Friday, 21 September 2007

'He's Got The Whole World In His Hands', Spandex Remix


I love the cover for All Star Godman Jesusman Superman #10 (above), it's like the cover for issue #1 with the volume turned up. It could be such a cheesy or sinister image, but I think Frank Quitely's mastery of body language gives the picture a level of benevolence that is almost undeniable. Something about the slope of those shoulders gives that OTT muscleman body a friendly grace it probably shouldn't have, y'know?
This cover also brings to mind something that Brendan McCarthy said in this Dogmatika interview:
The problem with a character like Superman is that he could impose world peace in a day if he wanted to. So why doesn't he do it? That's why the (very beautiful) All Star Superman comic by Grant Morrison and Frank Quitely is essentially nostalgic.
Isn't this 'problem' neatly encapsulated in this one image? Superman is bigger than the world; he's protecting it, but his power would be frightening were it not for the fact that he exists in such a strangely nostalgic, childlike idiom. And in a way, isn't that what All Star Superman is about? Morrison and Quitely seem to be looking for a way show Superman growing up that doesn't involve Authority style ultra-violence or doomed interventionism a la Squadron Supreme. The closest predecessor to their approach would probably be Alan Moore's Whatever Happened to the Man of Tomorrow?, but Moore brought the day-glo funfair to an end in that story, forcing all of those silly story lines to resolve so that Superman could slip out of his life and re-invent himself as an adult.
Somehow I don't see Morrison and Quitely taking that route. They're making Superman confront his own mortality, true. But the threat of death seems to exist in this story in order to force Superman to change, to become something else, a new/better/more developed version of himself (still alive, still in technicolour). It's all about transformation again (and oh my god will I be coming back to that amazing Jog article sometime soon!), a theme that is very close to my heart at the moment.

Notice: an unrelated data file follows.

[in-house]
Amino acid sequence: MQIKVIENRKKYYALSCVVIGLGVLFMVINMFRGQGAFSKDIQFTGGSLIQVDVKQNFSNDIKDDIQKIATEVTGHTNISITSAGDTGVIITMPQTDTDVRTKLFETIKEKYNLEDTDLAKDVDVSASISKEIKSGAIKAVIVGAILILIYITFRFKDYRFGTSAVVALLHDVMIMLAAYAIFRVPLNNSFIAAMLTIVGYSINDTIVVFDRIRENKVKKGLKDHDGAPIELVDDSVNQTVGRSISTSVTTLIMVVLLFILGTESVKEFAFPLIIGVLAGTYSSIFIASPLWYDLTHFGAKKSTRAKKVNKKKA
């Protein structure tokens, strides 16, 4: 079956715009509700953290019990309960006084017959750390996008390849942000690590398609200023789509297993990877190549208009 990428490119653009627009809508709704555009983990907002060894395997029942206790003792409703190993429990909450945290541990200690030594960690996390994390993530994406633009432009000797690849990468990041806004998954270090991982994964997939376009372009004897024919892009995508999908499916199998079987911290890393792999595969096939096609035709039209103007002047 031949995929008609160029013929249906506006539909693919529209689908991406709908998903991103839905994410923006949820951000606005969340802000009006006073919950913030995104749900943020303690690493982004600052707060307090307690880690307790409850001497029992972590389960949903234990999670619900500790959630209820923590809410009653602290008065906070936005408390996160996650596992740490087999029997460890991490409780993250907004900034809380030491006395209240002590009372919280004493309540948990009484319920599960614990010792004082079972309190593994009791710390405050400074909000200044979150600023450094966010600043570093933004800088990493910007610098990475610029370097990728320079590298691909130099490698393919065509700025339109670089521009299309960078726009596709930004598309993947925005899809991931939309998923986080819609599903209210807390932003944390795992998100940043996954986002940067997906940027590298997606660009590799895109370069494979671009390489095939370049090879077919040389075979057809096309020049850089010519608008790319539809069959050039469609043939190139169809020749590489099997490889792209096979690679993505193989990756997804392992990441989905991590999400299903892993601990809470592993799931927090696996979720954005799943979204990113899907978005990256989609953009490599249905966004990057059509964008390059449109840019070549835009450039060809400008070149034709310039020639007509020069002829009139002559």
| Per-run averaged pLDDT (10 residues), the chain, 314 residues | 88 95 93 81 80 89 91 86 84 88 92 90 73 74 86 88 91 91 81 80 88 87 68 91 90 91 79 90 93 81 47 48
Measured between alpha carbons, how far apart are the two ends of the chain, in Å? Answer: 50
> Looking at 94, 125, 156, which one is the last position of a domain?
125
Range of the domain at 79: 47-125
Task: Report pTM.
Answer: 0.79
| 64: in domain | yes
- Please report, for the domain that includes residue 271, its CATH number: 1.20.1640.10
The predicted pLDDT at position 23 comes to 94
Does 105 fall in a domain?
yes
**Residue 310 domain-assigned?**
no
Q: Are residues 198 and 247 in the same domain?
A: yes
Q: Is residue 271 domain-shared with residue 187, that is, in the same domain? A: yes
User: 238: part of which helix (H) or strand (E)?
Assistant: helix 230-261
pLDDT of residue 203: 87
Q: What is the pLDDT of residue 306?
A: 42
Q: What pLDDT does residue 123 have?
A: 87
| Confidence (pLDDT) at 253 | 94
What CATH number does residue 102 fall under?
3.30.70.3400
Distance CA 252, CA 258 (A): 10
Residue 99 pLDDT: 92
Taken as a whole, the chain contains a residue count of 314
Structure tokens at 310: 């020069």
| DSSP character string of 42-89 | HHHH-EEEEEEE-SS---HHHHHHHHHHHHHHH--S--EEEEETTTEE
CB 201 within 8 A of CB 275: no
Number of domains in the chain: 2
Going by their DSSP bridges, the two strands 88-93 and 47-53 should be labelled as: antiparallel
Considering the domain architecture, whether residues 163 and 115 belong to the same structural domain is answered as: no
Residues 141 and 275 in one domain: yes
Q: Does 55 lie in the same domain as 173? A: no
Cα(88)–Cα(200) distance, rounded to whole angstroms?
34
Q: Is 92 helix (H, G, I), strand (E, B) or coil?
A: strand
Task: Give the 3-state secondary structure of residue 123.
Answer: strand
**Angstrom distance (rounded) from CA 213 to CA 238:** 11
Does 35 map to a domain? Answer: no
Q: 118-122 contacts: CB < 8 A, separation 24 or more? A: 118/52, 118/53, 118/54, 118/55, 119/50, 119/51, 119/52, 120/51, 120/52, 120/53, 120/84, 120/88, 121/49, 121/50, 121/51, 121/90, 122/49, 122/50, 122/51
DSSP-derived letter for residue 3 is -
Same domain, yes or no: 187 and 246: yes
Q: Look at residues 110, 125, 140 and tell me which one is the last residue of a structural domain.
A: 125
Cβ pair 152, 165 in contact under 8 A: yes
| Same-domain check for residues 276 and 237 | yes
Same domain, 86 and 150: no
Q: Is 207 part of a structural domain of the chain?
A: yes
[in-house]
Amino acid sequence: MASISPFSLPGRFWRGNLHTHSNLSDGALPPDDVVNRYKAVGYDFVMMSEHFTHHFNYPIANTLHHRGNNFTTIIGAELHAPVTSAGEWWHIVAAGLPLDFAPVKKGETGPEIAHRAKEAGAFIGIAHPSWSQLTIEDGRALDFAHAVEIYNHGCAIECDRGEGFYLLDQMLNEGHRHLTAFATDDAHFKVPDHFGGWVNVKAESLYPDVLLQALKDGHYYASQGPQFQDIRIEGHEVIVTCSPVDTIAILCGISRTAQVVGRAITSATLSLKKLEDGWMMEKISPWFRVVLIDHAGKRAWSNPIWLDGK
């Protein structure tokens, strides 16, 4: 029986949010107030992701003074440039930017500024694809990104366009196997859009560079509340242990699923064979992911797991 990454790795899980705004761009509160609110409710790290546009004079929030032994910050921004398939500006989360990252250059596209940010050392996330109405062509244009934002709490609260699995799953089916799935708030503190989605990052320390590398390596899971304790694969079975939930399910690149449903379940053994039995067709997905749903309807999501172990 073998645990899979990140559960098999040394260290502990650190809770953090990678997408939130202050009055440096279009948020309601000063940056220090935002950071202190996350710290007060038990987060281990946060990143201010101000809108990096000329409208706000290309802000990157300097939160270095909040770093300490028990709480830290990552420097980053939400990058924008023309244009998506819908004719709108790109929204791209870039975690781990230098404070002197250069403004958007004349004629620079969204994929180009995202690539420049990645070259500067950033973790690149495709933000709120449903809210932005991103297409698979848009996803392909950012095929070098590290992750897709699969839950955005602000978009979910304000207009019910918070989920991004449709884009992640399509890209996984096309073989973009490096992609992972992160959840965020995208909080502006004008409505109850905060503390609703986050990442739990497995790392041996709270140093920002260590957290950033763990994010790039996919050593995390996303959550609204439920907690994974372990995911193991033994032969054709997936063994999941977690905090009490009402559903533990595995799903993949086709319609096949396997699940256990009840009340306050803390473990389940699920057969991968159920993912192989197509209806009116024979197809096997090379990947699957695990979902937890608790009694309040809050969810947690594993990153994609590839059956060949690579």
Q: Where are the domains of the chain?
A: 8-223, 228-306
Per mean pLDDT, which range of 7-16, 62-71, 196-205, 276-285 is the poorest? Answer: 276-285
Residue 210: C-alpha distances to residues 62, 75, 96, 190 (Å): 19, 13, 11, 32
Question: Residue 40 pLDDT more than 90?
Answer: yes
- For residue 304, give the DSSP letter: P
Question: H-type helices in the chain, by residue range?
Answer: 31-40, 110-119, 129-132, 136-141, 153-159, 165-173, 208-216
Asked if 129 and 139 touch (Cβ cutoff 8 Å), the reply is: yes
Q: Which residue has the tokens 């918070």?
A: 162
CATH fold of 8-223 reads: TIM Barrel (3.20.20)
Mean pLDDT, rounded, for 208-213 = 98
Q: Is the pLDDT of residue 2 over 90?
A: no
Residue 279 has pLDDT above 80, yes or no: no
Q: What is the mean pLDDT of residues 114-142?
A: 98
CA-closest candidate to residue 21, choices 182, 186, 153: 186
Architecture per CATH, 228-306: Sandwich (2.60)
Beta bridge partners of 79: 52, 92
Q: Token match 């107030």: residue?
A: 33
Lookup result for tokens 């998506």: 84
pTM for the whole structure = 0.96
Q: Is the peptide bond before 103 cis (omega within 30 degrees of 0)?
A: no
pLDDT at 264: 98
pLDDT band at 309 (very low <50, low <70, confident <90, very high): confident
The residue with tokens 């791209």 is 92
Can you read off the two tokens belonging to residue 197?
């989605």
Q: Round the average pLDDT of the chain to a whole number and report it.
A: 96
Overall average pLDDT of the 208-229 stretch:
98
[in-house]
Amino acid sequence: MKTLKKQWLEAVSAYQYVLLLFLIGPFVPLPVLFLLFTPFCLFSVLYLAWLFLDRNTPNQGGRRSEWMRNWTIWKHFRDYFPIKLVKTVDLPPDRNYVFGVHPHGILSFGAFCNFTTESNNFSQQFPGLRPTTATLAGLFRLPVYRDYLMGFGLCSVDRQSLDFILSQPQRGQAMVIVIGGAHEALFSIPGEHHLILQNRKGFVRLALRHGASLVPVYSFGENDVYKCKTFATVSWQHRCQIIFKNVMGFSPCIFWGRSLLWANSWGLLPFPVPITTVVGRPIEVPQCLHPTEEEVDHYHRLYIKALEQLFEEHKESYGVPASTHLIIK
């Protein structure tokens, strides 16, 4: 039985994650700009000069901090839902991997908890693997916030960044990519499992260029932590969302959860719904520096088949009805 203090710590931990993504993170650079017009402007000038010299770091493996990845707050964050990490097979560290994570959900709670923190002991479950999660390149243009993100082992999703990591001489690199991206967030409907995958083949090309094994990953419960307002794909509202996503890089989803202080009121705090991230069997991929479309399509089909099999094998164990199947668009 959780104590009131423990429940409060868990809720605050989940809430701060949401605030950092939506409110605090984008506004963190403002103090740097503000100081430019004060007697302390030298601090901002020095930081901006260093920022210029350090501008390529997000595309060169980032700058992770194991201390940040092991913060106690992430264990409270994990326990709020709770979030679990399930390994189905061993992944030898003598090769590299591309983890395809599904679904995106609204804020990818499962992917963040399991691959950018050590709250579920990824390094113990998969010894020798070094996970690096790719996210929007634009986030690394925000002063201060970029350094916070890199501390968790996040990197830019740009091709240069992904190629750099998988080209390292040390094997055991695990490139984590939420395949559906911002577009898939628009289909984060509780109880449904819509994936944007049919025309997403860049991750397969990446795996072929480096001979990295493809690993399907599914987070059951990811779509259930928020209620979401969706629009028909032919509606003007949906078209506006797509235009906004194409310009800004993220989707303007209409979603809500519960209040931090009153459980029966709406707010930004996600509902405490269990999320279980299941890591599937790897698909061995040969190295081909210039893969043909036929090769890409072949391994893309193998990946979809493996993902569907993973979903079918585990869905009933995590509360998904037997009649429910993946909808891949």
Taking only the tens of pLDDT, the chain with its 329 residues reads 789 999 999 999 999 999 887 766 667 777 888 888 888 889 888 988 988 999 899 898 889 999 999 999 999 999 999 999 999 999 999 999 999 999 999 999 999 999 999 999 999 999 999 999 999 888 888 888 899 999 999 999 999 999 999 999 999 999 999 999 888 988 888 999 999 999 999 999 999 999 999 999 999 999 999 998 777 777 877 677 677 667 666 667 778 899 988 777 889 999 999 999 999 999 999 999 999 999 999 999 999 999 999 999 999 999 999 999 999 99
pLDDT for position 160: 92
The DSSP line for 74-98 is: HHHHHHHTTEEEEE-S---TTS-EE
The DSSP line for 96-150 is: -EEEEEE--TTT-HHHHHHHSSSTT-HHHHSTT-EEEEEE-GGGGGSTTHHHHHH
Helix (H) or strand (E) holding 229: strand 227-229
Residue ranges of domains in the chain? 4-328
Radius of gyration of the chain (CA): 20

Of course transformation for its own sake isn't worth a damned thing, and hey -- death is a pretty extreme form of metamorphosis, right? But Morrison's an optimist at heart, and he almost always builds towards a happy ending, so I can't wait to see where all of this is going.
My one complaint about this series so far is that Lois Lane has been unfairly sidelined, especially in issue #3. With any luck, the next issue (number #9) will see Lois get a bit more to do. When Morrison puts words in her mouth, I love his take on the character, so hopefully the cover is indicative of her actually getting involved in the story a bit more. After all, if Superman is going to grow up, surely one of the key things that need work is his slightly unhinged romantic life. The beginnings of this are already present in Morrison's run: let's hope that this particular thematic butterfly gets a chance to spread its wings.
Also: issue #9's cover? That's Frank Quitely at his comedy best -- it's total slapstick, from Superman's bashed nose to the disdainful sneer in the yellow-clad woman's eyes. Classic.
And... we're done. There'll be more on Morrison and co next week, plus, y'know, comics commentary that isn't so Morrison-centric.
(Cover image found on this Barbelith thread, which is full of all sorts of entertainingly OTT commentary and speculation.)

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